Larry LaRue of The Tacoma News Tribune points out, however, that while the Mariners could release Sweeney (due to make just $650K in 2010) or bench Griffey (releasing a franchise icon like the Kid is probably not an option for the M's), there aren't any obvious options to fill their shoes in the lineup.  Milton Bradley could see some time at DH since his injury history makes him an unlikely candidate to spend a full year playing in the field, but as LaRue notes, moving Bradley then just leaves a hole in Seattle's outfield.

Mariners GM Jack Zduriencik is certainly not adverse to making big moves to help his club, but LaRue thinks it will be until at least June before the M's can "find a team willing to admit it's given up on 2010" and talk trade.  The June deadline seems like a bit of a stretch given that teams will always be looking to shed a big bat with a big contract if the offer is right, though LaRue doesn't think Seattle has the pitching prospects to net such a player.

One name that LaRue doesn't mention is Michael Saunders.  The outfielder hit just .221/.258/.279 in 129 major league plate appearances last season, but he posted a .922 OPS in 282 plate appearances at Triple-A Tacoma in 2009.  Saunders was sent to the minors during spring training since the Mariners wanted him to play every day, and has just a .385 OPS thus far for Tacoma.  Should Saunders turn things around at the plate and earn a call-up, though, his good glove should provide defensive value in left field in Seattle and provide cover to move Bradley to DH. 

Another minor league option is first baseman Mike Carp.  LaRue dismissed him due to his low average at Tacoma thus far, but Carp is still slugging .484 for the Rainiers and has put up good on-base and power numbers in his last two minor league campaigns (not to mention a .878 OPS in a 65 PA cup of coffee with Seattle last year).

And, of course, Griffey and Sweeney could still turn things around given that there's a lot of baseball left to be played this season.  While the DH spot may be a problem for the M's in the short-term, things haven't quite reached Jose Vidro-esque critical mass.


Mets Acquire Putz In Three-Team Deal

THURSDAY, 12:56am: Rosenthal raises the question of whether the Mets will exercise Putz’s 2010 option for $9.1MM now that he’s a setup man.  I think if he’s worth that amount pitching the ninth he’s worth it pitching the eighth.

Putz seems excited about the trade, even if his agent says otherwiseBen Shpigel explains how the deal came together while reporters were in an adjacent room.

WEDNESDAY, 11:02pm: Geoff Baker says the Mariners got three additional minor leaguers from the Mets: pitcher Maikel Cleto, outfielder Ezequiel Carrera, and pitcher Jason Vargas.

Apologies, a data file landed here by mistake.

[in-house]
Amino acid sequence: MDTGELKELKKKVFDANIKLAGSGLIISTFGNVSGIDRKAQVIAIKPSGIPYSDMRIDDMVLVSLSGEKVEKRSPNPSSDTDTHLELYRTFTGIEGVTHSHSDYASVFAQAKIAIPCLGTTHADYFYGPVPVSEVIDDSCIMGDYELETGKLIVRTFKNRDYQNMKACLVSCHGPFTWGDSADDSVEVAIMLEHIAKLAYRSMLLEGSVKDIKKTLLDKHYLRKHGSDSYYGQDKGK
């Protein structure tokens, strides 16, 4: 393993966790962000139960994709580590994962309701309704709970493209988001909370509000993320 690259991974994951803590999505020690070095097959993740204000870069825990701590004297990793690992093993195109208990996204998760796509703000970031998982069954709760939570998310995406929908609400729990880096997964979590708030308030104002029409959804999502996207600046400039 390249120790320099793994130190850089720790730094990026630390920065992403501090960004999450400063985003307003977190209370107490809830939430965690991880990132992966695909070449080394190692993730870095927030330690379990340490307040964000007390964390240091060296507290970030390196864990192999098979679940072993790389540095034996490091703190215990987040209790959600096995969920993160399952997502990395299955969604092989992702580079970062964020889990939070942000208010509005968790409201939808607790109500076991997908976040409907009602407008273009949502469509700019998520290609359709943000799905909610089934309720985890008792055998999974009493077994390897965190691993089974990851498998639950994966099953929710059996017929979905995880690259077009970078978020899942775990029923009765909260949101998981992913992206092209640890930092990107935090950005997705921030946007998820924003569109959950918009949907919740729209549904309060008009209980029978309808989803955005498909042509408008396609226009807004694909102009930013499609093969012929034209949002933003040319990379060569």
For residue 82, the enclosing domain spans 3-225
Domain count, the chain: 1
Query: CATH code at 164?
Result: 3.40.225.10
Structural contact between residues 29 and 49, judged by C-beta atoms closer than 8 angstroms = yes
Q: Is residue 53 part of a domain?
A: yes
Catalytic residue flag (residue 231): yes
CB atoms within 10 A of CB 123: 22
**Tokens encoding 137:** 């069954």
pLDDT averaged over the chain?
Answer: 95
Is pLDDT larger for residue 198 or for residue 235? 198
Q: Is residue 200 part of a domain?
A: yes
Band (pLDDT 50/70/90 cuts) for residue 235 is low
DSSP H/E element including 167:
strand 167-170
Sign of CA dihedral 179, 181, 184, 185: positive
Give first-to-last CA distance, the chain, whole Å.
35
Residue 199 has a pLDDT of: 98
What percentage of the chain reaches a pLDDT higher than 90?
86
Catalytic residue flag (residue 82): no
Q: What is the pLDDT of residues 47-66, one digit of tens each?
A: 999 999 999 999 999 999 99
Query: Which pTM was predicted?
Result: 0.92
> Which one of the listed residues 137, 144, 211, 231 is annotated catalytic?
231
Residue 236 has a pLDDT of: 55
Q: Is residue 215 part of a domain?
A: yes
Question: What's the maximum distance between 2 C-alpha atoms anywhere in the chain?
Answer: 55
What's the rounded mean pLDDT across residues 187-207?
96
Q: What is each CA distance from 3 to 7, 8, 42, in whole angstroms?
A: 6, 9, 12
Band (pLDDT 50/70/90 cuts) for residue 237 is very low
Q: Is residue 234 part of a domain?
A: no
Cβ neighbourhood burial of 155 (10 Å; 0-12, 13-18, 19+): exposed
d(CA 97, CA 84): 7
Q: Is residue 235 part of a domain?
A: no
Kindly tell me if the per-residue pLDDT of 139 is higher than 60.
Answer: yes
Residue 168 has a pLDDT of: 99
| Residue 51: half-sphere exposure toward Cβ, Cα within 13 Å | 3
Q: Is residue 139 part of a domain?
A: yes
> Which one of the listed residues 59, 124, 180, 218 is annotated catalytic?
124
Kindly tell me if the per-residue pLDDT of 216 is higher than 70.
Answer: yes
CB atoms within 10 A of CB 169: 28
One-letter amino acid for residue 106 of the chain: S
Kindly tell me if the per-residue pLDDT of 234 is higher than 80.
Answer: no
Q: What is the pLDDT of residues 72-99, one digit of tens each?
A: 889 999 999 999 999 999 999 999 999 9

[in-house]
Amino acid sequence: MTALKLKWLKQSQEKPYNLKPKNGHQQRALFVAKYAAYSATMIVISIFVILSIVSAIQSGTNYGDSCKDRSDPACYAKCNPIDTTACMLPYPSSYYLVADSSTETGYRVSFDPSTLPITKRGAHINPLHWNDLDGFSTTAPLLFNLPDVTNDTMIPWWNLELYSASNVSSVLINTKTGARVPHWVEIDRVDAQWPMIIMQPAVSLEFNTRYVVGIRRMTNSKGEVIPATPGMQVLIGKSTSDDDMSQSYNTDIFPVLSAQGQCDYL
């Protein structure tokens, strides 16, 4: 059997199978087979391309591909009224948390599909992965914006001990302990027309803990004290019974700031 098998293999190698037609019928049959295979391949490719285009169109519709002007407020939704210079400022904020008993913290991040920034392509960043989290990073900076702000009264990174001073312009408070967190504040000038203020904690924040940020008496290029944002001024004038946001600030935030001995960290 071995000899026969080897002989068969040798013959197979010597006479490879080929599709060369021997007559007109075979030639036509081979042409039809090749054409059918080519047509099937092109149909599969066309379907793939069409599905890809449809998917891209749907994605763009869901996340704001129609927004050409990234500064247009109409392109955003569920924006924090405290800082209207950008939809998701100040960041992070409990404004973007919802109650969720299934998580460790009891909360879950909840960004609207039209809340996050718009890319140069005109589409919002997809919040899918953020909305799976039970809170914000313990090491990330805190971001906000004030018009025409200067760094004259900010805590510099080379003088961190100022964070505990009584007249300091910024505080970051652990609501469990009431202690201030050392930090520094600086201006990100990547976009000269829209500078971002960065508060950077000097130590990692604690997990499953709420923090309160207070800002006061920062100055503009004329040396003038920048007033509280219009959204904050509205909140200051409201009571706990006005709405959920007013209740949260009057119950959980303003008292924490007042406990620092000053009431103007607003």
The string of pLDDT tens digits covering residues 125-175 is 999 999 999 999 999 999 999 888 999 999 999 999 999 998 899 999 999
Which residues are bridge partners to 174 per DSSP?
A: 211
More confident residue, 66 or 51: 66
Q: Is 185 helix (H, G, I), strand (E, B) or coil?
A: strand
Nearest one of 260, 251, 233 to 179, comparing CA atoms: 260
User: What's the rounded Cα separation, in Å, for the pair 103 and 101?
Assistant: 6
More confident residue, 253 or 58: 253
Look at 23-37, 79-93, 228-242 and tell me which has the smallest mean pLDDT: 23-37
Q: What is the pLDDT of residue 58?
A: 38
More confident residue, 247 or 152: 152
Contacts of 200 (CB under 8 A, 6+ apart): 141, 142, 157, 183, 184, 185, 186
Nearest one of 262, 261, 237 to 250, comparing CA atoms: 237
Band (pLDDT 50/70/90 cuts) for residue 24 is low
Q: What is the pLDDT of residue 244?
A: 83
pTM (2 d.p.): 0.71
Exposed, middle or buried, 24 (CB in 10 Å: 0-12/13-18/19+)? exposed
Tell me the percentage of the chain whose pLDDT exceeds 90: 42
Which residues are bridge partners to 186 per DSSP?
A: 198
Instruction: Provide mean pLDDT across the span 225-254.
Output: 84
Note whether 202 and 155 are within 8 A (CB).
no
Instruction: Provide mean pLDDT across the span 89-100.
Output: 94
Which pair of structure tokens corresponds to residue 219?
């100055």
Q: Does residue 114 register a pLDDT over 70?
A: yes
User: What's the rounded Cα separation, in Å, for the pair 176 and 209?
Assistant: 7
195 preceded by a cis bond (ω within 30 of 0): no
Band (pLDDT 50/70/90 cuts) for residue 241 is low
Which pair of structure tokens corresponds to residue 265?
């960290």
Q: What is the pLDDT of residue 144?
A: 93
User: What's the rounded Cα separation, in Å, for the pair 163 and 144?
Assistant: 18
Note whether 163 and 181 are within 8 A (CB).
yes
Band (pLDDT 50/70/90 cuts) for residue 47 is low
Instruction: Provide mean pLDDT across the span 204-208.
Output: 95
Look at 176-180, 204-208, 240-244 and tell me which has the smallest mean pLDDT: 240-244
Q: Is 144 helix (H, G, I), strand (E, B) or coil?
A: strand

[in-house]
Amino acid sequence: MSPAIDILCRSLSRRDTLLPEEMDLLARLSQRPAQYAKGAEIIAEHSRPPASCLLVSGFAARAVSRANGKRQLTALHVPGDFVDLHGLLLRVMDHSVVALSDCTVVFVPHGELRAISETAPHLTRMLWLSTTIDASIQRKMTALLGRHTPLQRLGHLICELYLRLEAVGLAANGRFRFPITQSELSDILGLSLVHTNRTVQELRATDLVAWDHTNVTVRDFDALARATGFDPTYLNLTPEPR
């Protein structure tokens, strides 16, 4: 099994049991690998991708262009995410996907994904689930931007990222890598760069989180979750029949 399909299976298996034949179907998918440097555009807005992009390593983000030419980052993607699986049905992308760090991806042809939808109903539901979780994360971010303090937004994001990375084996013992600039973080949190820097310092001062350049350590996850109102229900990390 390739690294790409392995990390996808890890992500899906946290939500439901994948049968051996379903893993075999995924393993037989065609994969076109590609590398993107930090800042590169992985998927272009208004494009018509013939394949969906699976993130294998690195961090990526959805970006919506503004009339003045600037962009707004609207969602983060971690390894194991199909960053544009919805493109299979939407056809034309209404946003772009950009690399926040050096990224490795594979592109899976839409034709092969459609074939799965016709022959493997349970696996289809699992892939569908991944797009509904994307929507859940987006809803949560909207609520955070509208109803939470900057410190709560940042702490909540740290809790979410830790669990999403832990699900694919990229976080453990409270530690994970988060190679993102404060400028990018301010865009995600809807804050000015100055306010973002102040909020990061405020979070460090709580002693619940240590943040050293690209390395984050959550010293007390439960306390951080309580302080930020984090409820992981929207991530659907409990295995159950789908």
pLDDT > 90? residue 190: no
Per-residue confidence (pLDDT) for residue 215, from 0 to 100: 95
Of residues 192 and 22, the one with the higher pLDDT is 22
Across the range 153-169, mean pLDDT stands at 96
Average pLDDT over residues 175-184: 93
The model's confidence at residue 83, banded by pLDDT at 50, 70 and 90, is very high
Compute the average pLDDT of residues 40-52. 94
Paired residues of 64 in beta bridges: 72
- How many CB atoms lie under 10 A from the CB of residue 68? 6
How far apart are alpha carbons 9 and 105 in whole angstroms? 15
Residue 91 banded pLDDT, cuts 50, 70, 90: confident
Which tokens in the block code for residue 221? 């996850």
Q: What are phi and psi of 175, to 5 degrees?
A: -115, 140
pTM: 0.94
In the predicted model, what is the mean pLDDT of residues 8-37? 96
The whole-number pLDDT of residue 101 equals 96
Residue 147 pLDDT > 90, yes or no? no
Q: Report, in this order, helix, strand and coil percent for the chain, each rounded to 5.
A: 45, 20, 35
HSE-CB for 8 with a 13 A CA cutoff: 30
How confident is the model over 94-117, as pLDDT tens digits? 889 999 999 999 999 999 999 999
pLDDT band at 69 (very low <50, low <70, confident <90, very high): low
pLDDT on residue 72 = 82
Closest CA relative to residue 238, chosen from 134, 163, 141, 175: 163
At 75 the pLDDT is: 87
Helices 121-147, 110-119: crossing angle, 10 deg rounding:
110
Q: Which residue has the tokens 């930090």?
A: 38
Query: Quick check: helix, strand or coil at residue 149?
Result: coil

10:17pm: MLB.com’s Jim Street confirmed the deal.  The Mariners give up Putz, Green, and Reed and get Heilman, Chavez, Carp, and Gutierrez.  The Indians give up Gutierrez and get Valbuena and Smith.  The Mets give up Heilman, Chavez, Carp, and Smith to get Putz, Green, and Reed.

The Mets succeeded in overhauling their bullpen without giving up premium pieces.  Assuming Putz and K-Rod are healthy, they’ll be playing seven-inning games.

The Mariners can try Heilman the rotation, and add good outfield depth.  I’m kind of lukewarm on the Indians’ benefit.

10:02pm: Geoff Baker says a previous incarnation with the Rays instead of the Mets fell apart.  In that deal, the Tigers would’ve included Jeff Larish.

9:27pm: Rosenthal has an update:

Under terms of the deal, the Mets would get Putz, outfielder Jeremy Reed and reliever Sean Green. The Mariners would receive reliever Aaron Heilman, outfielder Endy Chavez and first baseman Mike Carp from the Mets. They’d also get Franklin Gutierrez from the Indians and minor leaguers. The Indians would get reliever Joe Smith from the Mets and infielder Luis Valbuena from Seattle.

David Lennon seems to agree.

9:06pm: Jon Heyman says the Mets would surrender six players in this blockbuster.

8:40pm: MLB.com’s Anthony Castrovince says the three teams "appear to be on the verge" of a deal.  He says that if the deal goes through the Mariners would get Gutierrez and the Indians would get Joe Smith and Mariners prospect Luis Valbuena.  Heilman and Jeremy Reed would also be involved in some capacity.  Graziano suggests not all of the players in the trade have been decided upon.  Mariners GM Jack Zduriencik admitted a proposal is on the table.

8:06pm: Rosenthal softened the language of his post – he now says the Mets are trying/working to acquire Putz rather than close to a deal.  He also mentions that the deal would involve one or more prospects.

8:00pm: According to Ken Rosenthal, the Mets are close to acquiring Mariners reliever J.J. Putz in a three-team trade.  Putz and K-Rod will be quite a late inning tandem.  The Indians are also involved in the trade.  Other players in the mix:  Aaron Heilman, Endy Chavez, Mike Carp, and Franklin Gutierrez.  Rosenthal is not sure yet who’s heading where.

Dan Graziano has the story as well, but does not mention the Indians.